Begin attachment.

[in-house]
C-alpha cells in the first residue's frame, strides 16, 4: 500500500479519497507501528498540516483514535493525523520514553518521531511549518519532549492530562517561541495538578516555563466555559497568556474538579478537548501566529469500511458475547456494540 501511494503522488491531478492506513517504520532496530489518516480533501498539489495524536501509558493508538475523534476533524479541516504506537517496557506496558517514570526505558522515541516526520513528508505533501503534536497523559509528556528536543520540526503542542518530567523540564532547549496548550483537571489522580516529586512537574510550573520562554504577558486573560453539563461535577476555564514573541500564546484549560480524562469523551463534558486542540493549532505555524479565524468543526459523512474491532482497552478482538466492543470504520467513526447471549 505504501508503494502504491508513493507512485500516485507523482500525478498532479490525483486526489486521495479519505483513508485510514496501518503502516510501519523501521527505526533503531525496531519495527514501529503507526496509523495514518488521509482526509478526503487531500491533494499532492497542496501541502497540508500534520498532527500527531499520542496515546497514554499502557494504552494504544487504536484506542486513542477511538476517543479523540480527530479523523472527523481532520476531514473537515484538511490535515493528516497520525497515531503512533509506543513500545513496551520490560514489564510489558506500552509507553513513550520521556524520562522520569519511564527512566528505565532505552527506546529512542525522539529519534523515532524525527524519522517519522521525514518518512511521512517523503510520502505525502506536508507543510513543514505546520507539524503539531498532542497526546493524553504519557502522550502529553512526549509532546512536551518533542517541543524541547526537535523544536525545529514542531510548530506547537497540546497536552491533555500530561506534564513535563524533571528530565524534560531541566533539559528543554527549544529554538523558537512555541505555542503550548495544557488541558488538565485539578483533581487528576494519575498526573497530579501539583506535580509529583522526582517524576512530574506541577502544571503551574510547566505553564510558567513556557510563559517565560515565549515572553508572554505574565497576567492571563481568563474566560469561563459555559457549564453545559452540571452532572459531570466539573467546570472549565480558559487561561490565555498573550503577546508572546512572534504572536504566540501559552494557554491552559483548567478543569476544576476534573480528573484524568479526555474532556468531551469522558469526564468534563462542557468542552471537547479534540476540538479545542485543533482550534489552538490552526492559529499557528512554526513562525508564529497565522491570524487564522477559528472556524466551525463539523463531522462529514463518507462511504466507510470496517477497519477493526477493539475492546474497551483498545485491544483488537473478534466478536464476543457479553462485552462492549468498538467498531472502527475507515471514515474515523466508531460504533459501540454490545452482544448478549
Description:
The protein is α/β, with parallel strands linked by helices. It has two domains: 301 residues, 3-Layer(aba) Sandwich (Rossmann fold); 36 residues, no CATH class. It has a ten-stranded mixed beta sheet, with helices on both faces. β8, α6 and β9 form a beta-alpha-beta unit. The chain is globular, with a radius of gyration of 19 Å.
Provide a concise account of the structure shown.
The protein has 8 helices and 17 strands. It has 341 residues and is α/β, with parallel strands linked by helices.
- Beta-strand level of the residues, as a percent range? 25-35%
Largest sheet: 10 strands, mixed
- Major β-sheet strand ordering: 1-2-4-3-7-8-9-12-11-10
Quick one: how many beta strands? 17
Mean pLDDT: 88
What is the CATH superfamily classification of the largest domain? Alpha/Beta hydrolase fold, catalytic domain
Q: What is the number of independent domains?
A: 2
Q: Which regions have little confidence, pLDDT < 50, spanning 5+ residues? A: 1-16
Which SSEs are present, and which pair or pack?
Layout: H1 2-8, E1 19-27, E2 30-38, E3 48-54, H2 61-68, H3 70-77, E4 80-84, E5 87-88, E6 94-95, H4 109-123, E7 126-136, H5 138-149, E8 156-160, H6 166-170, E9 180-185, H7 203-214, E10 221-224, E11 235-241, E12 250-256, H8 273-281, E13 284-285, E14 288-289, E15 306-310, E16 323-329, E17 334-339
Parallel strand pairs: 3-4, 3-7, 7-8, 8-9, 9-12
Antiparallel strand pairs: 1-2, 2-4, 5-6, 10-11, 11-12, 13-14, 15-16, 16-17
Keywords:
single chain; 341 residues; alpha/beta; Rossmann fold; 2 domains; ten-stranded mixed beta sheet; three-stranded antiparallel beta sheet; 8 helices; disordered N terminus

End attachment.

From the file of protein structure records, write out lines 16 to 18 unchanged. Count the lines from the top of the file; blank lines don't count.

Which SSEs are present, and which pair or pack?
Layout: H1 2-8, E1 19-27, E2 30-38, E3 48-54, H2 61-68, H3 70-77, E4 80-84, E5 87-88, E6 94-95, H4 109-123, E7 126-136, H5 138-149, E8 156-160, H6 166-170, E9 180-185, H7 203-214, E10 221-224, E11 235-241, E12 250-256, H8 273-281, E13 284-285, E14 288-289, E15 306-310, E16 323-329, E17 334-339
Parallel strand pairs: 3-4, 3-7, 7-8, 8-9, 9-12